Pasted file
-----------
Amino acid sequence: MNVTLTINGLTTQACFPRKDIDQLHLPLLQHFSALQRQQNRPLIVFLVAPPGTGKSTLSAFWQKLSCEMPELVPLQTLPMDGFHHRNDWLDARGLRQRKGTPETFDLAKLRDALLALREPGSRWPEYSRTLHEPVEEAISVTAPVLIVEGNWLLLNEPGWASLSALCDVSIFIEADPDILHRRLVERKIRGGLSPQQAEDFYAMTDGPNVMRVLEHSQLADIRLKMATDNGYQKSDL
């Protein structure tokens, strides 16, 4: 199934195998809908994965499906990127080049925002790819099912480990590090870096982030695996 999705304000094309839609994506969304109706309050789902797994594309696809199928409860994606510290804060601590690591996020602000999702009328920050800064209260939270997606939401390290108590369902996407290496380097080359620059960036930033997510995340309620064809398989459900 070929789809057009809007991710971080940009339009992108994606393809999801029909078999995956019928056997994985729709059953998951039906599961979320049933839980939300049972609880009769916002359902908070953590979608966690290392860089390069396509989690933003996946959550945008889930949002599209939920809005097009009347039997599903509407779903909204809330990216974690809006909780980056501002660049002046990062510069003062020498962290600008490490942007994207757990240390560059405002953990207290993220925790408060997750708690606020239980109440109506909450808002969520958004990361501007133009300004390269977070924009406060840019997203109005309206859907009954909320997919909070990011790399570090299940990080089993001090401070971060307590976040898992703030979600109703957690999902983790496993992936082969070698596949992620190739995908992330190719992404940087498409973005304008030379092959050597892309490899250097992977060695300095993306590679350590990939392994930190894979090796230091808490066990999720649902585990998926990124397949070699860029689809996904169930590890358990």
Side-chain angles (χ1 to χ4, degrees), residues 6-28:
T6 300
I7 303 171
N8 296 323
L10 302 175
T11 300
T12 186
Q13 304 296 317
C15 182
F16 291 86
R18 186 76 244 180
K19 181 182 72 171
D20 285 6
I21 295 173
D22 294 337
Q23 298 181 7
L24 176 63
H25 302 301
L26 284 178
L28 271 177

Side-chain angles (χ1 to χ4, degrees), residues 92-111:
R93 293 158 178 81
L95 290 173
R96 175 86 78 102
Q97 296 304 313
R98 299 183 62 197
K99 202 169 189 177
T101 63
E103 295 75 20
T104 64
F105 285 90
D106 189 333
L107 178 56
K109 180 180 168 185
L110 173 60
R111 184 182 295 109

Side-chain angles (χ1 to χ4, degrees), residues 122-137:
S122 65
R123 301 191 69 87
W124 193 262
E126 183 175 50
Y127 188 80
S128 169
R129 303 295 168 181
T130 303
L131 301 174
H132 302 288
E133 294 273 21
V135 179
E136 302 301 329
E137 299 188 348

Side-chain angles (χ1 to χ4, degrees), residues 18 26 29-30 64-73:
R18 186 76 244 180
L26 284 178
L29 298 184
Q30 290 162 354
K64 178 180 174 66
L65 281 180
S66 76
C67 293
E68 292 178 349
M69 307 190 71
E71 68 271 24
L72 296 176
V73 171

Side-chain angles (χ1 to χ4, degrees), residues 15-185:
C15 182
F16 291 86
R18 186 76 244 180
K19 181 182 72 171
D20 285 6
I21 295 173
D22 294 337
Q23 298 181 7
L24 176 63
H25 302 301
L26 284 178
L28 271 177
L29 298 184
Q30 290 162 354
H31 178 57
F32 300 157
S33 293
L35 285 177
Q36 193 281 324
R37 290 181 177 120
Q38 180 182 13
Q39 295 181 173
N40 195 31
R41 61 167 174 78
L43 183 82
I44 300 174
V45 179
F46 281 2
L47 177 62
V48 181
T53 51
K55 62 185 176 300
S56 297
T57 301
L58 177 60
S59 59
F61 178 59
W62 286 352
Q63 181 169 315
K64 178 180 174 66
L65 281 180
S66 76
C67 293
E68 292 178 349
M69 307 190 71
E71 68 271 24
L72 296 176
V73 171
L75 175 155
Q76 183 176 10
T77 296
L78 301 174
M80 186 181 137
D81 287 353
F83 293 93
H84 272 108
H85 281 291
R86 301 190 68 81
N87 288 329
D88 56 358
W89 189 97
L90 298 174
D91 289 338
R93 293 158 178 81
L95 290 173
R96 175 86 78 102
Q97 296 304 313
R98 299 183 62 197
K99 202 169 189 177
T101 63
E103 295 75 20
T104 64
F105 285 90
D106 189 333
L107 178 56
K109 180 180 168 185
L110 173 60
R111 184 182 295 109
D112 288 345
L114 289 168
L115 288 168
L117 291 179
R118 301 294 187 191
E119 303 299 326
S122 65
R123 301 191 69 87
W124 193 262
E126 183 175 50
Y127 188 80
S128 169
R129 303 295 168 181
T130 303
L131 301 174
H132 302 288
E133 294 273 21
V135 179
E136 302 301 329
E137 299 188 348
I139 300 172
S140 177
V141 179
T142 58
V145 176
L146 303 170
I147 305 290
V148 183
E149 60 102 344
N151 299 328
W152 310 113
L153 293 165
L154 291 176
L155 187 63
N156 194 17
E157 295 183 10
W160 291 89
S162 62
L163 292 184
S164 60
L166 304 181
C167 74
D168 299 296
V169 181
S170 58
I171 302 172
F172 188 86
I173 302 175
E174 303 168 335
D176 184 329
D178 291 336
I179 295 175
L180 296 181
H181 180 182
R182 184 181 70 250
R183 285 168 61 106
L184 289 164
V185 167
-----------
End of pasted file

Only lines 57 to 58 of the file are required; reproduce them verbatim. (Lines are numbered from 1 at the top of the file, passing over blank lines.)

L29 298 184
Q30 290 162 354